In the 1940s, Americans filled with prejudice and fear put 120,000 people into internment camps. Could something like this happen again?
To young Fumie Ishii in the early 1940s, racial hatred seemed as foreign as her looks may have seemed to others. One of a handful of Japanese families in the Reno-Sparks area, she was sheltered by geography. The man she’d later marry was not so lucky.
Born and raised in Sacramento, Sam Shimada was 9 when the roundup began. Of Japanese heritage and American nationality, he was torn from the familiarity of Northern California and sent to a desolate outback—Amache, a Colorado internment camp. Change was the only thing he understood. Change was the only constant.
“We were moved into the middle of the dust bowl,” Sam said wryly. “It was a completely different place than home. I remember the wind and the 5-mile-high dust clouds.”
Sam was one of nearly 120,000 persons of Japanese descent on the West Coast corralled into the forbidding corners of the United States during World War II. Uprooted from their homes, many lost everything, including their liberty. They lived as prisoners in a country fearful of an attack not from the outside, but from within.
That was nearly 60 years ago.
Today, that fear still exists, albeit in different forms. A recent national poll, taken before the Chinese spy-plane incident in March, showed that 25 percent of Americans held negative views of Chinese Americans. When the movie Pearl Harbor opened in May, some Asian Americans readied their guard, fearful of anti-Japanese backlash.
“Deep prejudice against people of color exists in the United States, and it is this prejudice which is a danger to people of Asian descent,” said Hugh Shapiro, a history professor at the University of Nevada, Reno.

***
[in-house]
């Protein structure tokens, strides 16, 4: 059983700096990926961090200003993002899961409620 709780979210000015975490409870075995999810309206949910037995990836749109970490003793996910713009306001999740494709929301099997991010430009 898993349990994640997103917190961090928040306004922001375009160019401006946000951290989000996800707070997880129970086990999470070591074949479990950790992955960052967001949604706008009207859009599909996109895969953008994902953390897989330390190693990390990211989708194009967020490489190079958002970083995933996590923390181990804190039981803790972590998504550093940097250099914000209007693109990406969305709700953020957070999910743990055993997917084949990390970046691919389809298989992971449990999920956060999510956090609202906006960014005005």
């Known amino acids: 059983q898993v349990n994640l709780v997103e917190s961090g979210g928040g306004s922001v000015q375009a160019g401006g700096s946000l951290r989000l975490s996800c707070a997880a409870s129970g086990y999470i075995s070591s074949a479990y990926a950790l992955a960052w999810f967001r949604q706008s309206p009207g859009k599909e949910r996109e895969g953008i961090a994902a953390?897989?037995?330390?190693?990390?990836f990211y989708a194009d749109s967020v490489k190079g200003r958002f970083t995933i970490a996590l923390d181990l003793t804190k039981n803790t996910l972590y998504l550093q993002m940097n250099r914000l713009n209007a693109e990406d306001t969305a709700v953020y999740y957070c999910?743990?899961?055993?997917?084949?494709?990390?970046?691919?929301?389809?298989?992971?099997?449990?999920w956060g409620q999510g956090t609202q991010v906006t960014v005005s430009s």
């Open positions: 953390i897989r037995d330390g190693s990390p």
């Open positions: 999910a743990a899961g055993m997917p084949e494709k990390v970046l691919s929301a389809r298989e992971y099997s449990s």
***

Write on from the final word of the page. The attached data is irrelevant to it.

These attitudes keep the Shimadas, now Sacramento residents, on edge.
“Right now, the Japanese American Citizens League is fighting with radio stations, where the deejays said Chinese Americans should be interned after the spy-plane incident,” Fumie said. “At Sacramento State University, a dean was fired for using racist terms. So far, we’ve been very successful fighting this ignorance.”
But something like the internment camps could happen again, Sam said. “Education … will help, but some people just can’t understand why minorities behave in a certain way.”
Americans may still be in denial over these deep expressions of prejudice.
“The paucity of understanding about the camps within the United States must …. be related to American self-image,” Shapiro said. “American society does not think of itself as the type of place that puts people in camps. It has very little to do with Japanese culture and everything to do with American culture.”
What went wrong in 1942?
It began with the surprise bombing of Pearl Harbor that shattered America’s sense of invincibility.
Anti-Japanese paranoia was widespread, especially along the West Coast. White businessmen and farmers who resented competition from their Japanese American counterparts mobilized under the guises of the Native Sons of the Golden West, the California Grange Association and even the American Legion. These groups pressured politicians, who responded quickly.
“At the time this was happening, the government itself pressed propaganda,” Sam said. “We were caught in the turmoil.”
Japanese immigrants were already barred from becoming U.S. citizens. California enacted laws limiting the civil liberties of people of Japanese descent. Though the government only interned people west of the Sierra, Reno had its own rules.